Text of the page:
This weekend I visited Cliveden, the Benjamin Chew House, outside of Philadelphia with JCB, Pigtowndesign and other friends. Cliveden is a magnificent Georgian House from 1763 that was intimately involved with the revolutionary war: The Battle of Germantown was literally fought within its' walls!The large grounds are parklike but the neighorhood of beautiful stone houses has encroached closer and closer to where it feels more like the large lot in a city neighborhood it currently is.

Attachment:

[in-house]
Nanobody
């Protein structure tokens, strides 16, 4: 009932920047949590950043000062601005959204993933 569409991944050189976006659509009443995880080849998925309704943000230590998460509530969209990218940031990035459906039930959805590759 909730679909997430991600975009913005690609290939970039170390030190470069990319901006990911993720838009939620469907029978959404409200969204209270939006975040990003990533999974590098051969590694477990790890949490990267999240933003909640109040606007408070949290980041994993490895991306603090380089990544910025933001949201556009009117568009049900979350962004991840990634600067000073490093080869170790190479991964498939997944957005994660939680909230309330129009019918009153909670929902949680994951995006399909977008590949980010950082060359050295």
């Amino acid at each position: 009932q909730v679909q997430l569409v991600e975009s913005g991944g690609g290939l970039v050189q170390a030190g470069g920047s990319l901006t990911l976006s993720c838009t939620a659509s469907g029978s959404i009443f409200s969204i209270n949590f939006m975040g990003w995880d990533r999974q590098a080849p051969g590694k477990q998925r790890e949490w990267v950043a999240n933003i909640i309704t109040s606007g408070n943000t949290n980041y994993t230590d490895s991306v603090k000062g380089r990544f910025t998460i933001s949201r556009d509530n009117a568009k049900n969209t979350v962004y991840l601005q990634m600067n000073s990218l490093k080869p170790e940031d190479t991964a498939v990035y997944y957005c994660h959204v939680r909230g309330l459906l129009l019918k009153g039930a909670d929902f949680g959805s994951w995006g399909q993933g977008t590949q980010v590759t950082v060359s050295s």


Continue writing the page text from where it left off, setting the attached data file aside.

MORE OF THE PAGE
However, when it was built- this was the family's country seat and like many houses of the day was modeled on the country homes of Britain.The stone was quarried on site (now a few blocks away) and has an imposing finished stone front with the sides of rough stone (24" thick!!) covered in scored cement to look like stone. Over the years parts of the stucco-like finish have worn away revealing the rough stone work. I love this texture! The revolutionary war no doubt had a lot to do with this as the family kept many of the battle wounds received from the battle of Germantown.The battle was even fought IN the house as British soldiers barricated themselves within, using it as a fortress. The home was not occupied before the battle of Germantown despite the occupation of Philadelphia because of the lion statues at the front door: a common symbol of a loyalist.During the battle, the home was badly damaged, as commemorated in this painting in the entryway, seen below. The family sold the house rather than pay to restore it, but managed to buy it back at pennies on the dollar 22 years later. The house stayed within the Chew family until 1972 when it was turned into a house museum. It is now operated by the National Trust for Historic Preservation.Lets go inside. The front door opens into a spacious entryway, above you see the shutter-like screen doors. The woodwork is amazing throughout the house, particularly in the entryway. Above is a doorway into the master's study.The entry into the stairhall, above, is really beautiful and grand.Above we are peaking through the grand entry into the stairhall.The window surrounds even have beautiful woodwork. Who wants draperies when they would hide all of this! One of the reasons I feel the house resonated with me was the lack of fussiness but still a lot of gorgeous detailing.The masters study has these beautiful built-in bookcases with some of Benjamin Chew's original leather bound books.On the other side of the entry hall is the entrance into the mistresses office.It does not have the bookcases like the master's study but has this beautiful yellow damask covered chair beside the corner fireplace which contrasted nicely with the french gray painted woodwork.The stairhall was as impressive as the entryhall. Above we are looking towards the entry. The doorway on your right goes into the dining room while to the left is entry into the Parlor.The generous size of the stairhall makes the entire house feel larger than it actually is. An addition from the 1870s is seen behind here.The designer cleverly concealed any knowledge of the addition by detailing the door like a window using mirror. When it is closed, it appears as a window above wainscoting.The parlor was one of the most elegant rooms I have ever been in (as is the whole house!). A yellow silk damask sofa sits with card tables and some of the most spectacular mirrors!This one was really unusual. I love the contrast with the rough plaster wall behind. The house is currently undergoing repairs (and we weren't able to tour the 2nd floor). 2 other identical mirrors, one seen above, line the room. As candles were a luxury, these mirrors would reflect the candlelight in the evenings.The fireplace has some beautiful chinese porcelain, a marble surround and more beautiful painted wood carving.Part of the restorations are to work on the walls flanking the fireplace and restore original mouldings that had been removed over the course of time. This drawing (which hopefully you can see thanks to photoshop) shows the fake 'doorways' which will flank the fireplace.The dining room on the other side of the stairhall is set up to match a 1963 Vogue magazine article about the lady of the manor. Interestingly enough, the vogue editor interviewed Mrs. Chew the day Kennedy was assasinated.Gas and heat were introduced into the house in the 1870s (at the request of the owner's children) and here you can see the original heating grate on the floor of the stairhall. Totally obvious but still beautiful! I hope you have enjoyed the house as much as I did. I will post about the other earlier Georgian house we toured, Stenton, later this week.